Last year I was able to launch a range of six Skinny Sketcher kits at Toy Fair, and secured listings on Amazon and in Gatesheads Sage gift shop. And since pitching at the Inventors Workshop, Ive returned as a speaker and mentor.
More recently, this month I appointed Cuckoo Toys to manage her UK sales and distribution so that I can focus on R&D and business development. Its taken a while to get to this stage, so here are the lessons Ive learnt from misconceptions along the way,
(1) Thinking you dont need a prototype
You do. For product designers, a prototype is crucial as it communicates your idea much more clearly than a verbal explanation alone. It doesnt have to be perfect, but you do need to have one.
Most startups are on a limited budget and prototyping is expensive so the second tip is dont spend all your money on it. We are toy designers, and a great tip from Wow Labs at the first Inventors Workshop was to hack existing toys for their generic components and adapt them to make a cheap prototype.
(2) Thinking you dont need to test your product
You do. Not testing your product is asking for trouble. And that doesnt mean asking friends and family what they think. They will tell you they love it; they have to. Also, be sure to test your idea with a minimum quantity so, worst case scenario and you fail, it won’t cost you a fortune.
The only thing worse than getting it wrong and having to go back to the drawing board, is having to do it while youve got 30,000 unsaleable units in your garage. Best case scenario and your idea flies, you can always up your order and do it with confidence.
(3) Not being prepared for pitching
Pitching to manufacturers, distributors, retailers it’s the necessary evil and the biggest mistake you can make is to be underprepared. Be reassured, it’s never as nerve-wracking as you expect.
You might be standing in front of a room full of people or just a few with the power to have a great impact on what you’re doing, but no one knows your product or idea better than you and no one is more impassioned by it either. Be yourself and let your idea speak for itself.
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(4) Not understand funding options
Finding an investor may seem the obvious route, but you could also consider crowdfunding or self-fund your product development. You can read about how to manage a successful crowdfunding campaign here. If you fancy the idea of dancing to the beat of your own drum and growing your business organically, then self-funding could be the option for you, though going solo may result in climbing a rather steep learning curve.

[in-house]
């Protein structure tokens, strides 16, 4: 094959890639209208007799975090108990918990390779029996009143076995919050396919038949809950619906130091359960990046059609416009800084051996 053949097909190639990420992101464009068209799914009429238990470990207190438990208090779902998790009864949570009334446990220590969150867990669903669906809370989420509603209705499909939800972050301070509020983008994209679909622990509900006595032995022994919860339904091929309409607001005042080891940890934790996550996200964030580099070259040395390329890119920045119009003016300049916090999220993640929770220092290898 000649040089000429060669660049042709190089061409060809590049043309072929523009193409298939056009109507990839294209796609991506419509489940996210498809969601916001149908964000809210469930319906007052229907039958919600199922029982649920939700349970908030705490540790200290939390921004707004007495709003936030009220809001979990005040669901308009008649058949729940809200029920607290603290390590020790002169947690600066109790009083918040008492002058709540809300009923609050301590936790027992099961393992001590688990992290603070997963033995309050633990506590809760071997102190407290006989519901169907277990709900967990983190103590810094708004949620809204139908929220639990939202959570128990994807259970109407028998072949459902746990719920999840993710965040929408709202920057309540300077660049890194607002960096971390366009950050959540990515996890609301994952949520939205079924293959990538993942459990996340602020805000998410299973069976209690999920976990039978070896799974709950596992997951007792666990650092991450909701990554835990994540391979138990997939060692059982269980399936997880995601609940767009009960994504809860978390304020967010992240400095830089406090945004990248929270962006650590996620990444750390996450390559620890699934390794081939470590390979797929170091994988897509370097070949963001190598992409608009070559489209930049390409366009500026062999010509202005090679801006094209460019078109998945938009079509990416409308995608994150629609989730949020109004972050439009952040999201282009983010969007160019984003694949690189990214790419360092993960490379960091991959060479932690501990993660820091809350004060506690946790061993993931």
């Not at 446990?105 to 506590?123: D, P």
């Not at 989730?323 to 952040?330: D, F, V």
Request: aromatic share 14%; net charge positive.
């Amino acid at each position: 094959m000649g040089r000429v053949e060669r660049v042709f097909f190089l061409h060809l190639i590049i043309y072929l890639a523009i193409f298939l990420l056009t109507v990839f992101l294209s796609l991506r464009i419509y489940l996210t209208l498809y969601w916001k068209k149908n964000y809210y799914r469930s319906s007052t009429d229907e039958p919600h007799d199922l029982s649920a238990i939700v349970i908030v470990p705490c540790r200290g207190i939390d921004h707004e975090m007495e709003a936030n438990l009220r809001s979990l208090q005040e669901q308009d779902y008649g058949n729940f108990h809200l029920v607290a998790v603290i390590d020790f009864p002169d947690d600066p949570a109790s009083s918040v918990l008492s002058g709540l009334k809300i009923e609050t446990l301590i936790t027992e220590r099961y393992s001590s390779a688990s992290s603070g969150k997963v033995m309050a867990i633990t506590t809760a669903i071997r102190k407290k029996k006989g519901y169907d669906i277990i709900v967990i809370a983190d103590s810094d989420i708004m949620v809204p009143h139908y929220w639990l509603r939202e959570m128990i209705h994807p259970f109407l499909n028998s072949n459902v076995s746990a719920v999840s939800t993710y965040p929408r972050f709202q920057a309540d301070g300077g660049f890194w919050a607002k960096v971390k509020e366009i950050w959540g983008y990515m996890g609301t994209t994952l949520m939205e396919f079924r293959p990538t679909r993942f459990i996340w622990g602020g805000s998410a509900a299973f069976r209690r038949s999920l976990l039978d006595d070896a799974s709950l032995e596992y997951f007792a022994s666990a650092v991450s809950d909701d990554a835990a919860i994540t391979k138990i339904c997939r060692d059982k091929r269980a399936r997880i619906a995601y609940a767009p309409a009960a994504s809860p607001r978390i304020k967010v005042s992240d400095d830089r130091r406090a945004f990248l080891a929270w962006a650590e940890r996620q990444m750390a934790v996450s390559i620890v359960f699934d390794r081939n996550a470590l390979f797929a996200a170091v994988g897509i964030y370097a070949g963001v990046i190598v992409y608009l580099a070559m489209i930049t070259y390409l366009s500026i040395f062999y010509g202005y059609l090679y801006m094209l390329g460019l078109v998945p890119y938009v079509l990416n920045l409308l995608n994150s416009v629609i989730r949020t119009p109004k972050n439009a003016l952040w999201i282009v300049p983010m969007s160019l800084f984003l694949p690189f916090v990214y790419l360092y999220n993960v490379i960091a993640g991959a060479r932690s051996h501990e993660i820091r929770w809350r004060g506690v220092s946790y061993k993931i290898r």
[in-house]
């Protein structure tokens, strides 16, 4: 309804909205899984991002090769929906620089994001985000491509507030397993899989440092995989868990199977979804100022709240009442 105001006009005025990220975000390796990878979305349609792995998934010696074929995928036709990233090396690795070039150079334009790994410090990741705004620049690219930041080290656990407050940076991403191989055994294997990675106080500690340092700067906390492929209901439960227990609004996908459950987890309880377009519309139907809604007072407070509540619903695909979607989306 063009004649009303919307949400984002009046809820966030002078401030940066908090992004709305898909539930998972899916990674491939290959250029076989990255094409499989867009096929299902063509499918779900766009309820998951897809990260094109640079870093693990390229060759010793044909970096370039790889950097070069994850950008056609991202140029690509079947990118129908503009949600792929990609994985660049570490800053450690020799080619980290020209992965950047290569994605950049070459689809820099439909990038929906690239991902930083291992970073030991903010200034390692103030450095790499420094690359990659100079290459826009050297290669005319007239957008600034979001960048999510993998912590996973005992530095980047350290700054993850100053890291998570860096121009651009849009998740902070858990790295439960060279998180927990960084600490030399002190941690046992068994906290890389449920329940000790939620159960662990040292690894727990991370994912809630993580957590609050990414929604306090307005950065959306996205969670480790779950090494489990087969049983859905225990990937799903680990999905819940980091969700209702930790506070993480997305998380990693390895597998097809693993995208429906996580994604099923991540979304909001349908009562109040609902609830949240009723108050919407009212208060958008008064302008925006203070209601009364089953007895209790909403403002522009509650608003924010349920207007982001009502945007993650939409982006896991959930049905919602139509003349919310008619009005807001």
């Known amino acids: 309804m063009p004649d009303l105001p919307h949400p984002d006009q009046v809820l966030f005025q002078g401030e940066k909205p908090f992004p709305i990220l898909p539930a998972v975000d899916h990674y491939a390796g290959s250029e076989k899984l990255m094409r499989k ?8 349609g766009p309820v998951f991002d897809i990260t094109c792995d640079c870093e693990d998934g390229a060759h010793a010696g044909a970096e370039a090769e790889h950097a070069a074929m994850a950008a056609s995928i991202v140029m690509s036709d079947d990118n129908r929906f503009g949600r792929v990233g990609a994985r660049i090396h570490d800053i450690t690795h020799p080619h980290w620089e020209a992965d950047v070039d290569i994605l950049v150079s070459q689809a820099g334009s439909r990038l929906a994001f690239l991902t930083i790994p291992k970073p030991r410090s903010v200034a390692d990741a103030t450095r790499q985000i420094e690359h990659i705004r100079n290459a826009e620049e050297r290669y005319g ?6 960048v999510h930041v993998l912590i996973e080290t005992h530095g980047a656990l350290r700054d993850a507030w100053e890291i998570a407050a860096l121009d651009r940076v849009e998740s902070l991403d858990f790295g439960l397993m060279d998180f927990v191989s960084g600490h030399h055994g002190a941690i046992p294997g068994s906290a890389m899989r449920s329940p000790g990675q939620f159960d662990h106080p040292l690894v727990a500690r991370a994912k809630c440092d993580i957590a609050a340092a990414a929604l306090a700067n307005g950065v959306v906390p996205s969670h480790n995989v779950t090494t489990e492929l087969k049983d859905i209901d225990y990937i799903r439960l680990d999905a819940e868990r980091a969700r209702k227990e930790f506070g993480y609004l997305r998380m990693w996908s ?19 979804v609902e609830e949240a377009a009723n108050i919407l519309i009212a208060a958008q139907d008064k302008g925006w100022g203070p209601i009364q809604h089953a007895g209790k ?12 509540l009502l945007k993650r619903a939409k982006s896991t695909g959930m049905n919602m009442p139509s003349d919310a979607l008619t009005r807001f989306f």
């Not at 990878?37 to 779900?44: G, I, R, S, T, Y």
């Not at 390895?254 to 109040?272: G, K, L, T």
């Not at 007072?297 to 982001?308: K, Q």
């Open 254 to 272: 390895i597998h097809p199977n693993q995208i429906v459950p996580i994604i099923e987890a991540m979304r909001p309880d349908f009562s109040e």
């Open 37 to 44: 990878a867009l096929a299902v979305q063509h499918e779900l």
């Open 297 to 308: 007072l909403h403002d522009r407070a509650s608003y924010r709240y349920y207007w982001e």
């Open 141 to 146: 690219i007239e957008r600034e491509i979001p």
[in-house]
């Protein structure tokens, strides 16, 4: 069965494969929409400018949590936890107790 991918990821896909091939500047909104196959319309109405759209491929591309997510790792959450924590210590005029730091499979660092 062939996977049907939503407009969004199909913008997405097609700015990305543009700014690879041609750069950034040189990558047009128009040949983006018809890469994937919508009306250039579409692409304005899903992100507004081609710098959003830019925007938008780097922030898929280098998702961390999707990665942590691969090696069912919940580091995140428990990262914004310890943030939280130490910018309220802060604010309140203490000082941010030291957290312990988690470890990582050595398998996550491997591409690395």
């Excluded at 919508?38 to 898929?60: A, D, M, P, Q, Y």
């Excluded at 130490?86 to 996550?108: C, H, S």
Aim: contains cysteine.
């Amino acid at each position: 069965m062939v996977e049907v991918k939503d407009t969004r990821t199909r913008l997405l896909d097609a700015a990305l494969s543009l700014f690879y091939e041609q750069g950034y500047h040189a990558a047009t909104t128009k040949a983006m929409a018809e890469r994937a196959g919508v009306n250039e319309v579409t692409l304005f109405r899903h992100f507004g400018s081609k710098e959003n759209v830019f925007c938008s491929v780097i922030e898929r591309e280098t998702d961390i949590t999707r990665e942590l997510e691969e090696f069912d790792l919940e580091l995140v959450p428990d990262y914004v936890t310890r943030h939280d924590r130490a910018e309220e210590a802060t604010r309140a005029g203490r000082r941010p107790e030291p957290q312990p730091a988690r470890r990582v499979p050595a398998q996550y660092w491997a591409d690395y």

(5) Not networking or doing it wrong
The biggest mistake startups make when it comes to networking is by networking with other startups. While it’s useful to swap ideas and experiences with people in the same boat as yourself, ultimately it’s not going to raise your profile within your industry or help you sell product and make money. So my tip is always network within the industry you want to do business. Attend events within your industry and talk to as many people as you can.
My first toy event was the Inventors Workshop, where inventors could pitch to the top toy companies. The timing was perfect as I was in the early stages of product development. I received great feedback and advice that resulted in me developing my single product into a range, and I launched at my second toy event, Toy Fair, four months later.
(6) Failing to understand your industry
Another big mistake startups can make is failing to understand their industry. Read the trade press mine is ToyNews and they have been so supportive. Attend and exhibit at trade fairs. Pick as many brains as possible. It never fails to amaze me how generous people can be with their valuable time.
Understand how the industry is made up and who your target market is within it. Its unlikely that youll have a product that appeals to the whole industry so it’s about identifying the niche where you fit best and focusing your time and effort there.